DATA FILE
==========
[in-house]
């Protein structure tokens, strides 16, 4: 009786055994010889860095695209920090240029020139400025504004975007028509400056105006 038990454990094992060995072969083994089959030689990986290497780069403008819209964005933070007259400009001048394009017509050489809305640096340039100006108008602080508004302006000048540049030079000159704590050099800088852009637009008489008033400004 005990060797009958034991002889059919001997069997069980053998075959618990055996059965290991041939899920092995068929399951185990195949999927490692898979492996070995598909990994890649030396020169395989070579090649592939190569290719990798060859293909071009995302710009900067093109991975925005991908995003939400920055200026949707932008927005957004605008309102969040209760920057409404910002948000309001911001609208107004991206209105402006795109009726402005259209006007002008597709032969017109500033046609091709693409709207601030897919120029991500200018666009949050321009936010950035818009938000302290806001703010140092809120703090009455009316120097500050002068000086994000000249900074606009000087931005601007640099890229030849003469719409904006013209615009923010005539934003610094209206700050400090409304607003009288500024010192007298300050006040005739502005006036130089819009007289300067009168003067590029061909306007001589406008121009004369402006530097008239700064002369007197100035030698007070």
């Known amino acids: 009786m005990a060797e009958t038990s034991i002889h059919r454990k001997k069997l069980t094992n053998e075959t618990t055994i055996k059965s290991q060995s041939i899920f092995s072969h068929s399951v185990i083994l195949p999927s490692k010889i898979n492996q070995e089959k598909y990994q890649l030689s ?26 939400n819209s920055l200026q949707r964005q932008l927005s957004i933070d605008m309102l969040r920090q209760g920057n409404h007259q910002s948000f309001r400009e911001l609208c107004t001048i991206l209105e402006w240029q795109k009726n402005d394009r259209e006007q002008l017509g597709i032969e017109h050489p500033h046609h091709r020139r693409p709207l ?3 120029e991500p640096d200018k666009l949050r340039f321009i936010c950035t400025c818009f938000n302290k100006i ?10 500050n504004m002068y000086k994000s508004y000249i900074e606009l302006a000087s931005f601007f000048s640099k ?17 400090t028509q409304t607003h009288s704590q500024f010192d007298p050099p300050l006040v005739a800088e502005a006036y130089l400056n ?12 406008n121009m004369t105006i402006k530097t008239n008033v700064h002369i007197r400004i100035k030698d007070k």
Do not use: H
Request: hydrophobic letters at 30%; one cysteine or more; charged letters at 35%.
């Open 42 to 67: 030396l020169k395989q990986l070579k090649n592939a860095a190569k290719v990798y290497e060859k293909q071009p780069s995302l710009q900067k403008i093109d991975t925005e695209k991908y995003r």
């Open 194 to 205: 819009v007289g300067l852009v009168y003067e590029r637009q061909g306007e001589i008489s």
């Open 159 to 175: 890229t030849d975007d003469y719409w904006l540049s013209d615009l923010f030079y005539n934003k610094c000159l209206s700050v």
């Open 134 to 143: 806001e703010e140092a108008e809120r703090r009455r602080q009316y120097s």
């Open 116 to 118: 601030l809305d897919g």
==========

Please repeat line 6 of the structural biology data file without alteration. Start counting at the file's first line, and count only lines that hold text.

């Open 42 to 67: 030396l020169k395989q990986l070579k090649n592939a860095a190569k290719v990798y290497e060859k293909q071009p780069s995302l710009q900067k403008i093109d991975t925005e695209k991908y995003r």